Elizabeth Smart investigates official responses to campus sexual assaults
05/25/2016 5:26 am PDT
Purity. Virtue. Honor. At universities all across the country, ideals like these are part of an actual code of conduct that comes with very real consequences.
But could some of these so called "honor codes" actually be enabling the very worst kind of behavior?
For Hailey Allen, attending the Mormon-run Brigham Young University in Provo, Utah was something of a dream come true.
"'I thought, 'I'll be valued when I go to college. People will recognize me as having something to offer. I will be important or needed,' and that is something that I've desperately wanted my whole life, is to be needed, to have something to offer," said Hailey.
And then along came a handsome young student who seemed to fill those needs.
"He was interested in me," said Hailey. "I'd never had a boyfriend before, and so someone active in the church, this was who I wanted to date. This was the experience that I wanted to have, and I was over the moon."
But sometimes it really is darkest before the dawn, and Hailey's dawn was a very long way off.
"So every night he had kind of pushed my limits. He just kept going quicker and quicker," said Hailey. "He started kissing me, then immediately his hands went to my chest, and I pushed them away, and I'm pulling away, 'Hey, don't do that, let's not do that.' And he got out of the car and got in the back seat and told me to get in the back seat, and I said 'No, what are you doing?'"
That's when Hailey says she got her first glimpse of the horror to come.
"I said 'no,' and he said 'Get in the back seat or walk home,' so I said 'OK,'" said Hailey. "I got out and walked home. I was not going to get in the back seat."
"He just completely ignored me. OK. So several days go by and I just decided, 'OK, I guess we're done.'"
A blessing in disguise, but one that wouldn't last. After roughly a week of silence...
"He says 'Hey, let's go for a drive and talk,'" said Hailey.
"I'm expecting an apology for how he's been acting," said Hailey. "So the entire time I'm waiting for an apology. The whole time he was just asking me stupid questions."
Then the conversation suddenly shifted to the big plastic tumbler in the cup holder.
"He said 'Oh, I brought you a drink.' 'I'm not thirsty.' And so he ended up stopping to say 'Really? Could you please really just try it, I made it special for you, can you please just try it?' And I was like 'OK, OK,' and then he started driving again," said Hailey.
But as the he hit the gas, Hailey's world began to slow way down. Her speech began to slur.
"All of a sudden his demeanor completely changed, he flipped a 'U' in the middle of the road and started heading back to the apartment," said Hailey.
Hailey says one of the next things she remembers was being in the back seat of his car.
"I come to, my pants are off, his pants are pulled down and he's rubbing himself against me," said Hailey. "How did this happen? I would have stopped this several steps ago.
"And the only thing that I could think of to say was 'Don't go in me,' and then everything went black," said Hailey.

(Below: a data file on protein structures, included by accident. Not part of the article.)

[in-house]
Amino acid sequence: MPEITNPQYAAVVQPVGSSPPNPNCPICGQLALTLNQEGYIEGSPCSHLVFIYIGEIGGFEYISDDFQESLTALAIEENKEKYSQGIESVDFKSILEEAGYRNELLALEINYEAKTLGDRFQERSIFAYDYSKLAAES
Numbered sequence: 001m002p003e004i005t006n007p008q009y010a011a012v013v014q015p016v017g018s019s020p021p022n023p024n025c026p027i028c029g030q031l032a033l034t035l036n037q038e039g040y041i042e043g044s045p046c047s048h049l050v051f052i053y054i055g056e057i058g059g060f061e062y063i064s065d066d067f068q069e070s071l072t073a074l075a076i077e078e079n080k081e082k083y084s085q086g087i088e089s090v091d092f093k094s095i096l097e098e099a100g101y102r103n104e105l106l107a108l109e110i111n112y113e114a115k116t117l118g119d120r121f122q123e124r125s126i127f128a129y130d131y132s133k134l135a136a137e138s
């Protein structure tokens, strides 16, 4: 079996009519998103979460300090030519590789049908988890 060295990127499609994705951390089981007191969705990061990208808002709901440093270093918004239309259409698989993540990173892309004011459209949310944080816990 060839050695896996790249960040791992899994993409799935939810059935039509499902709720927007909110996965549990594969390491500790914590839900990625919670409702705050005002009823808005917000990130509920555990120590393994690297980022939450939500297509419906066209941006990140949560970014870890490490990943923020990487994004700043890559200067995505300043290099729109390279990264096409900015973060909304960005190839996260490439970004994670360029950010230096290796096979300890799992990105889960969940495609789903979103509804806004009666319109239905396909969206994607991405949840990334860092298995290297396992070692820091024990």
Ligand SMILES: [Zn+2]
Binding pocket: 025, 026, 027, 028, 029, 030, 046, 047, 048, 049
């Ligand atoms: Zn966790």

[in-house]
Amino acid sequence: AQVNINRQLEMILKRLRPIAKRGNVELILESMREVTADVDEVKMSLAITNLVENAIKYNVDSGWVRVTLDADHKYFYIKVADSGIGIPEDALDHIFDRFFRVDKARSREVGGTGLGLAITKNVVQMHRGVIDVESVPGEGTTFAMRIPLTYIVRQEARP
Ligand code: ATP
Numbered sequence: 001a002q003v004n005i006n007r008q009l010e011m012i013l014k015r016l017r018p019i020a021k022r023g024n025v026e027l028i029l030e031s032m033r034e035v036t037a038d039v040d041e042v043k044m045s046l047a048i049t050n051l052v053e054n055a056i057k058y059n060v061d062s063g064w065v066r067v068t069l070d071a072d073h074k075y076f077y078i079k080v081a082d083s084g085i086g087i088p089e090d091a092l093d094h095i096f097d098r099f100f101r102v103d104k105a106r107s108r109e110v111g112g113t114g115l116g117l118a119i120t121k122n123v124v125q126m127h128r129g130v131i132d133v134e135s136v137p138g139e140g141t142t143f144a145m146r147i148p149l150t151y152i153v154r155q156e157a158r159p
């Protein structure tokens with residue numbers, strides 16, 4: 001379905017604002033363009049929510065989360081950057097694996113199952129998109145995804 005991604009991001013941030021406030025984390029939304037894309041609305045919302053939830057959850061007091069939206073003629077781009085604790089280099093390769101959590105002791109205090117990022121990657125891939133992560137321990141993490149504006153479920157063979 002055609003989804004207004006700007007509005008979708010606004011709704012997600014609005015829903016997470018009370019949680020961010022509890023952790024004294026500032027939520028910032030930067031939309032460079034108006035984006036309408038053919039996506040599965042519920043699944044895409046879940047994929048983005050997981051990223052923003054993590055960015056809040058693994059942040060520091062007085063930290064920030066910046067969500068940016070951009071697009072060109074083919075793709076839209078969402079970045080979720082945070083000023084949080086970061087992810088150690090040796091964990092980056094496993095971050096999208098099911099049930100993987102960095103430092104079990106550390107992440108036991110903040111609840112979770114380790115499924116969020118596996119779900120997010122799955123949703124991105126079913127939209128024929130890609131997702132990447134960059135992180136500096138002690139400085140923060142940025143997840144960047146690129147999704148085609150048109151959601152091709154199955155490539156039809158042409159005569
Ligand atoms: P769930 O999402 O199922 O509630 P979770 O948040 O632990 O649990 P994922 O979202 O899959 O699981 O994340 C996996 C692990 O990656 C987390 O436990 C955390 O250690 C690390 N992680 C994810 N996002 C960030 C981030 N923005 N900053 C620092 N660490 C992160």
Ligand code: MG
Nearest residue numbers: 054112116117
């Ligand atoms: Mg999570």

"I hear him laughing and he says 'Your first time and you're not even going to remember it,'" said Hailey.
At that time you knew that you were being raped?
"I didn't have the term at that time because I grew up assuming rape was from a stranger, rape happened when you walked alone in alleys," said Hailey. "I didn't know it was rape."
A dangerous yet all too common misconception.
"The majority of rapes are acquaintance rapes," said Kortney Hughes, Victim Services Program Coordinator for the Provo Police Department. "We're talking about boyfriends, girlfriends, family, friends. That is going to be the majority of rapes and sexual assaults."
But it would still be some time before Hailey Allen came to that realization, and even though she knew what happened was wrong, she went back to the man, if only to get some sort of explanation. Instead, over the next three weeks, Hailey says she was subjected to regular rape and abuse from the person she actually considered to be her first boyfriend.
"He took great pleasure in making me feel worthless," said Hailey.
As Crime Watch Daily dug deeper, we found Hailey's case wasn't even close to an isolated incident.
Like Hailey, Colleen Dietz came to BYU full of excitement. Then, shortly after enrolling, Colleen ran into an old acquaintance from back home.
"I met him a few years prior because he was from Arizona, so it was a fun like 'Hey, we know each other.' We spent a lot of time together," said Colleen.
Colleen admits she had a bit of a crush on the boy. But those feelings would go unexplored.
"He had an uncle who lived locally who would come around, and his uncle was 27 at the time. He was a professional, he dressed nice, he was taller," said Colleen. "He was very impressive. But I wasn't attracted to him.
"Through our getting to know each other, if you will, he found out that I really loved music, it's a huge passion of mine," said Colleen.
That's when the man offered to take Colleen back to his place so she could check out his collection and burn some CDs. Once the two got to his house, Colleen remembers listening to a few tunes, and then, confusion.